health

NHS rolling out test that detects 50 types of cancer years before people fall ill


THE NHS is to roll out a “game-changing” test that can detect more than 50 types of cancer.

The blood checks spot tumours years before a person is ill, significantly boosting survival chances.

The new blood test could allow treatment to start years before the person became ill - saving a significant number of lives

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The new blood test could allow treatment to start years before the person became ill – saving a significant number of livesCredit: Alamy

It paves the way for a universal NHS cancer screening programme — helping to save tens of thousands more lives each year.

Health bosses are planning the world’s first major pilot of the ­Galleri tests, involving 165,000 Brits over three years.

If successful, they will be trialled on one million, before being introduced for routine NHS use.

Good at spotting hard-to-diagnose cancers

US firm Grail is supplying the test — which works by pinpointing DNA that has broken free of a tumour — free for NHS trials.

Scientists claim it is particularly good at spotting hard-to-diagnose cancers — such as head and neck, ovarian, pancreatic and oesophageal — with low survival rates.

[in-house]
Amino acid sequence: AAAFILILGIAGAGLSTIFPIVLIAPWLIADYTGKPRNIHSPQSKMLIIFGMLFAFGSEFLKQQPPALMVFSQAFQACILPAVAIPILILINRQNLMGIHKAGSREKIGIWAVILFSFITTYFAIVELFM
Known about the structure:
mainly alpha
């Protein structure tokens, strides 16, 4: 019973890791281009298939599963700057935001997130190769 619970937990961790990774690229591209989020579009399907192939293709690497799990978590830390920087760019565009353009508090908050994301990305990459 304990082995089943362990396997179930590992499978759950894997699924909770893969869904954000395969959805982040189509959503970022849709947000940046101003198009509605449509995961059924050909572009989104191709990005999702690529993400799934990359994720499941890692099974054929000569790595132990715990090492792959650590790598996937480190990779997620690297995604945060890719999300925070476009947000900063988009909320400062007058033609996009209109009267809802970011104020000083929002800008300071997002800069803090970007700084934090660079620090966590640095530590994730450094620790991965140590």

Early trials show it rules out the disease in healthy patients with more than 99 per cent accuracy.

The UK could become the first country to screen its population for cancer using a blood sample.

NHS boss Sir Simon Stevens said: “Early detection, particularly for hard-to-treat conditions like ovarian and pancreatic cancer, has the potential to save many lives. This promising blood test could therefore be a game-changer.”

Health bosses have pledged to pick up three in four of all cancer cases early within the next decade — up from the current half.

NHS boss Sir Simon Stevens said: 'Early detection, particularly for hard-to-treat conditions like ovarian and pancreatic cancer, has the potential to save many lives'

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NHS boss Sir Simon Stevens said: ‘Early detection, particularly for hard-to-treat conditions like ovarian and pancreatic cancer, has the potential to save many lives’Credit: Alamy Live News

Around 330,000 Brits get cancer each year, with 165,000 dying.

Cancer Research UK chief executive Michelle Mitchell said patients are often diagnosed too late.

She added: “If we can find cancer at its earliest stages when it’s easier to treat, not only will we be able to save lives on a vast scale, but we may be able to save our NHS millions of pounds.”

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